Sydney flowers to plant in summer- Pink Fusion™ Scaevola spp. ‘PFS200’ PBR Intended

March to May (Autumn)

Autumn in Sydney is marked by milder temperatures and rainfall ranging from an average of 130mm down to 117 by the end of the season. Typical autumn flowering plants include cyclamens, primulas, and pansies.

These flowers enjoy the cooler conditions and can add a splash of colour to your garden in the lead up to winter. However, you don’t have to limit your plant palate to the usual suspects. Here are a few alternatives that put on a show in Autumn.

  1. Encore Azaleas: Continuing from spring and summer, these Azaleas also flower in autumn. Shown here is Autumn Fire™ Rhododendron hybrid ‘ROBLEZ’.
  2. Obsession™ Nandina domestica ‘SEIKA’ PBR: Its flowers aren’t as spectacular as its bright red new growth during autumn.
  3. Crimson Villea™ Grevillea rosmarinifolia ‘H16’ PBR: This grevillea has an abundance of flowers from autumn right through to spring. In fact, it’s sometimes referred to as one of the showiest winter flowering plants in the world, so you still have plenty to look forward to when autumn ends.

June to August (Winter)

Winter in Sydney has plenty of rainfall, with June being the wettest averaging 130mm of rain, then decreasing to 80mm by August. Sydney’s winter is relatively mild compared to many other regions. Hellabores, camellias and violets all flower this season. So do these plants:

  1. Gold Cluster™ Grevillea juniperina ‘H22’ PBR: This low, ground-covering grevillea is covered in beautiful, pollinator-attracting flowers from winter through to spring.
  2. Mighty Coral™ Aloe hybrid ‘AL04’ PBR: This aloe displays gorgeous coral flowers from mid to late winter. Perfect for container planting or along borders.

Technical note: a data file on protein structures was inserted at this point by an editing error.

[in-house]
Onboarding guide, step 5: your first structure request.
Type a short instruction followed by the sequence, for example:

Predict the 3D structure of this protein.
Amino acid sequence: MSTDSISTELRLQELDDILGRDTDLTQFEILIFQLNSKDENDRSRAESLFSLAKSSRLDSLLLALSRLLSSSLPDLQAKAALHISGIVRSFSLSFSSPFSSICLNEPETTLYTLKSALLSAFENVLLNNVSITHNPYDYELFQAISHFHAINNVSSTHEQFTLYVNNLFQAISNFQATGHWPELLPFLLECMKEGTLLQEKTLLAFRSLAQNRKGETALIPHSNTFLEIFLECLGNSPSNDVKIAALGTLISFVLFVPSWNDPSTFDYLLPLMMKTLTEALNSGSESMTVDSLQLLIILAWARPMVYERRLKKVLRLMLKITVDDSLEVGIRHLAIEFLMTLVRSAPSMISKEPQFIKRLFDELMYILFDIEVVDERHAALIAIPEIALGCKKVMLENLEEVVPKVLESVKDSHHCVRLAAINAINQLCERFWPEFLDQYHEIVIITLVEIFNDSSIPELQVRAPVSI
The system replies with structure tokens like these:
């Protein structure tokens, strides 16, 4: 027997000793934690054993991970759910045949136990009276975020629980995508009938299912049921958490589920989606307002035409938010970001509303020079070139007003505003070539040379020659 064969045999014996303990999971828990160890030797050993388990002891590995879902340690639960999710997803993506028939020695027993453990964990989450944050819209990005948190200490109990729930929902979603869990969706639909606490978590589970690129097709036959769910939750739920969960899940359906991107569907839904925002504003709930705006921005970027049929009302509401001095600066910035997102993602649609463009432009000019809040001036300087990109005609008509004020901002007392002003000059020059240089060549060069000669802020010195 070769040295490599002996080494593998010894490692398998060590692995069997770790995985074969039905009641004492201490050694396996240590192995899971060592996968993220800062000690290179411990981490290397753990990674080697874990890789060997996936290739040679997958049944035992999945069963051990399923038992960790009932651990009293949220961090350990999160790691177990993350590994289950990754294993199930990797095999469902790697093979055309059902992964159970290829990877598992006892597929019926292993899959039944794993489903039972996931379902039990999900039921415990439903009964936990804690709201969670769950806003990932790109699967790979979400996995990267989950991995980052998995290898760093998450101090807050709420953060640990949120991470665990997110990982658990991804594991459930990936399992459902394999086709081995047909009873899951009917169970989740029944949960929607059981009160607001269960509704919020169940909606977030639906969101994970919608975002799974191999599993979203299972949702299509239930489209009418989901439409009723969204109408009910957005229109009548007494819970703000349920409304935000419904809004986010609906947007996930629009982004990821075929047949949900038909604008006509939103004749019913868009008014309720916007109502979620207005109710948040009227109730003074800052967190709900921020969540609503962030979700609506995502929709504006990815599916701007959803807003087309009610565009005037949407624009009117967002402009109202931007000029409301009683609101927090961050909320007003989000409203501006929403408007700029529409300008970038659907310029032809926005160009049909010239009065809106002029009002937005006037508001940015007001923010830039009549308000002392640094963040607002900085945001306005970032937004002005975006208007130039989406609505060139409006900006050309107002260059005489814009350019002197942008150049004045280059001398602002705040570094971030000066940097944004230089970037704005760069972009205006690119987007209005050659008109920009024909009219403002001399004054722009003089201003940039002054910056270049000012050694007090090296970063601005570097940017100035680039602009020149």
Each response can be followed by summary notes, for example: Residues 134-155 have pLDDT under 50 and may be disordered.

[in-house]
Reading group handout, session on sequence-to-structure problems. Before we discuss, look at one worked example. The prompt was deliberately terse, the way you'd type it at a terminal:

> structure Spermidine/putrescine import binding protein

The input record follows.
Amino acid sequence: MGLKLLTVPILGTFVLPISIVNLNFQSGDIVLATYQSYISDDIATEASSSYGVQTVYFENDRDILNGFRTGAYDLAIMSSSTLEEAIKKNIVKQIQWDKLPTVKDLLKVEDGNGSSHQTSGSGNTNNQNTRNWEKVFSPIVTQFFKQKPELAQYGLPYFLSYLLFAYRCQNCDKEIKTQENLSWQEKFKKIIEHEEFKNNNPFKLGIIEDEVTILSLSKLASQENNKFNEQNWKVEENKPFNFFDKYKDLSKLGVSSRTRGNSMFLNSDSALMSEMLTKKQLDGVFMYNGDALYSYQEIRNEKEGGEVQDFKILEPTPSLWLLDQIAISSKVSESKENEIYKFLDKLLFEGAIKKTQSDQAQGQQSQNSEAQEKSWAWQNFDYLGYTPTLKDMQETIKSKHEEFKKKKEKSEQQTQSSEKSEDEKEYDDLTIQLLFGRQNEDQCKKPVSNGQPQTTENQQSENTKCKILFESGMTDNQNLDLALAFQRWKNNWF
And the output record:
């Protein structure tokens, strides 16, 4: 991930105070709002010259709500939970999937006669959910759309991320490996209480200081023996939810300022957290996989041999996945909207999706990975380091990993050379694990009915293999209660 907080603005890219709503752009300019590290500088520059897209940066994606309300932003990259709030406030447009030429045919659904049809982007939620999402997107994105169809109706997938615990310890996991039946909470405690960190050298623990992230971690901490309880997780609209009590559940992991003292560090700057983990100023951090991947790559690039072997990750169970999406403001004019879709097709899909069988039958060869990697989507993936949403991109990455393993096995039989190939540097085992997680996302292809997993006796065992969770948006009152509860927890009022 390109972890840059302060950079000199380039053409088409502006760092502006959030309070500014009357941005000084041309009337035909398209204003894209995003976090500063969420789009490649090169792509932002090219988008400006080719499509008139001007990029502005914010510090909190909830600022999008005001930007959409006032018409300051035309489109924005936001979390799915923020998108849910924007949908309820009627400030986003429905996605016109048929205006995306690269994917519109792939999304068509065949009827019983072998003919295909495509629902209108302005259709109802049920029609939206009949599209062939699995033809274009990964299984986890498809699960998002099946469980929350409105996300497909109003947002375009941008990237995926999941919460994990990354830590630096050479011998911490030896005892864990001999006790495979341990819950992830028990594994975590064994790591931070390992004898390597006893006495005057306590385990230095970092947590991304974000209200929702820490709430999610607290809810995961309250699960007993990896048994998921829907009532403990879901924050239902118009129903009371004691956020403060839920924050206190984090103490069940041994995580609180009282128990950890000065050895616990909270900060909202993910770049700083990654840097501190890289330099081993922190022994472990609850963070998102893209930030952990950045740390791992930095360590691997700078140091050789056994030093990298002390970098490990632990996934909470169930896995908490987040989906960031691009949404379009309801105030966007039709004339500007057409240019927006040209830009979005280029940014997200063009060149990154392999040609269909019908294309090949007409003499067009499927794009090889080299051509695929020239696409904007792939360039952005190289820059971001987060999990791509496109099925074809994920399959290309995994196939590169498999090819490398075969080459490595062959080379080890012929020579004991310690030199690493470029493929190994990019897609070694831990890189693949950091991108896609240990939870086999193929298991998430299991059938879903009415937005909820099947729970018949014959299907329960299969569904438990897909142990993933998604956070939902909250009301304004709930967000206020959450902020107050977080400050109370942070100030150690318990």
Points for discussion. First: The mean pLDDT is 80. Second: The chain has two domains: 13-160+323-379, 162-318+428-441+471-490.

3. Yalba™ Imperata cylindrica: With its incredibly beautiful flower plumes from April through to September, this native Australian grass is a winter masterpiece. Just make sure to keep its roots contained as it has a habit of spreading.

Preparing Your Sydney Garden for Seasonal Flower Planting

To ensure your Sydney garden is covered in flowers all year round, it’s a good idea to prepare for each of the seasons. This involves not only choosing the right flowers for each season but also preparing and optimising your soil to provide a nurturing environment for your plants.

Soil Optimisation for Flowering Plants in Sydney

The health of your soil directly influences the health and growth of your flowers. Here are some tips on how to prepare and maintain your soil for optimal flower growth:

  1. Test your soil: Different plants have their own pH preferences. You can get a soil testing kit from your local garden centre. Most flowers prefer slightly acidic to neutral pH levels (6.0-7.0). You can also test the texture or composition through several different methods, the easiest being the “ribbon test”.
  2. Add organic matter: Compost, well-rotted manure, blood and bone, as well as other organic material can improve the structure, fertility, and water-holding capacity of your soil.
  3. Other amendments: Sandy soils are prone to becoming hydrophobic, even with plenty of organic matter, so it might be worthwhile to use a quality soil wetter to amend the issue quickly. Hydrogels like Terracottem can be added to the soil when planting for a more long-term solution. Meanwhile, clay-dominant soils can become waterlogged or compacted – adding gypsum can amend these issues